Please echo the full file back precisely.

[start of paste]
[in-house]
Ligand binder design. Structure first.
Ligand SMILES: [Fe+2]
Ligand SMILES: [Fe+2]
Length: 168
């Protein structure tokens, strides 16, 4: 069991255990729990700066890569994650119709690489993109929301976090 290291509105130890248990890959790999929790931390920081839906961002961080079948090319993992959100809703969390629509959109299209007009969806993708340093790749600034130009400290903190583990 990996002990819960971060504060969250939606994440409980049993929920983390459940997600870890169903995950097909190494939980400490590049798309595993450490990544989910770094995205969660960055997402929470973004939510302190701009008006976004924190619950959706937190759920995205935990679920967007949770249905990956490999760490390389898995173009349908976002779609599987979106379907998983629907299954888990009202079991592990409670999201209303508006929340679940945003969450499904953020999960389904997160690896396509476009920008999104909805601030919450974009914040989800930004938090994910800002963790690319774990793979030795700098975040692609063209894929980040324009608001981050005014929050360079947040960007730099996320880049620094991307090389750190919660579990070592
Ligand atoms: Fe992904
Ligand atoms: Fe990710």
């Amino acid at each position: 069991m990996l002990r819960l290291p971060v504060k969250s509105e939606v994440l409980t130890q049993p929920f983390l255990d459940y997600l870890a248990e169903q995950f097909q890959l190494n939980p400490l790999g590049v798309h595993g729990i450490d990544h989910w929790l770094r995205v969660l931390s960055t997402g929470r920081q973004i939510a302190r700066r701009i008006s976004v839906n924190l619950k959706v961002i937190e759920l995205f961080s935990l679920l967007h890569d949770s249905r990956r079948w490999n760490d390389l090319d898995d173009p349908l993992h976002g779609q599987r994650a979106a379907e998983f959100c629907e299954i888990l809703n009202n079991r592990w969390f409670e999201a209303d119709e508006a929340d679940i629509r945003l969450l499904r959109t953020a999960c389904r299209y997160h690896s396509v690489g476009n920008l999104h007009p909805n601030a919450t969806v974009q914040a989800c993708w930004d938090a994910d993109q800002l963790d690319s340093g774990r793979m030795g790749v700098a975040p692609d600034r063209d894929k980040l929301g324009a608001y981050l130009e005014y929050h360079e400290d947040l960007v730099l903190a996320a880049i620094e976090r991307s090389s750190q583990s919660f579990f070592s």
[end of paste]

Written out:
[in-house]
Ligand binder design. Structure first.
Ligand SMILES: [Fe+2]
Ligand SMILES: [Fe+2]
Length: 168
């Protein structure tokens, strides 16, 4: 069991255990729990700066890569994650119709690489993109929301976090 290291509105130890248990890959790999929790931390920081839906961002961080079948090319993992959100809703969390629509959109299209007009969806993708340093790749600034130009400290903190583990 990996002990819960971060504060969250939606994440409980049993929920983390459940997600870890169903995950097909190494939980400490590049798309595993450490990544989910770094995205969660960055997402929470973004939510302190701009008006976004924190619950959706937190759920995205935990679920967007949770249905990956490999760490390389898995173009349908976002779609599987979106379907998983629907299954888990009202079991592990409670999201209303508006929340679940945003969450499904953020999960389904997160690896396509476009920008999104909805601030919450974009914040989800930004938090994910800002963790690319774990793979030795700098975040692609063209894929980040324009608001981050005014929050360079947040960007730099996320880049620094991307090389750190919660579990070592
Ligand atoms: Fe992904
Ligand atoms: Fe990710």
């Amino acid at each position: 069991m990996l002990r819960l290291p971060v504060k969250s509105e939606v994440l409980t130890q049993p929920f983390l255990d459940y997600l870890a248990e169903q995950f097909q890959l190494n939980p400490l790999g590049v798309h595993g729990i450490d990544h989910w929790l770094r995205v969660l931390s960055t997402g929470r920081q973004i939510a302190r700066r701009i008006s976004v839906n924190l619950k959706v961002i937190e759920l995205f961080s935990l679920l967007h890569d949770s249905r990956r079948w490999n760490d390389l090319d898995d173009p349908l993992h976002g779609q599987r994650a979106a379907e998983f959100c629907e299954i888990l809703n009202n079991r592990w969390f409670e999201a209303d119709e508006a929340d679940i629509r945003l969450l499904r959109t953020a999960c389904r299209y997160h690896s396509v690489g476009n920008l999104h007009p909805n601030a919450t969806v974009q914040a989800c993708w930004d938090a994910d993109q800002l963790d690319s340093g774990r793979m030795g790749v700098a975040p692609d600034r063209d894929k980040l929301g324009a608001y981050l130009e005014y929050h360079e400290d947040l960007v730099l903190a996320a880049i620094e976090r991307s090389s750190q583990s919660f579990f070592s």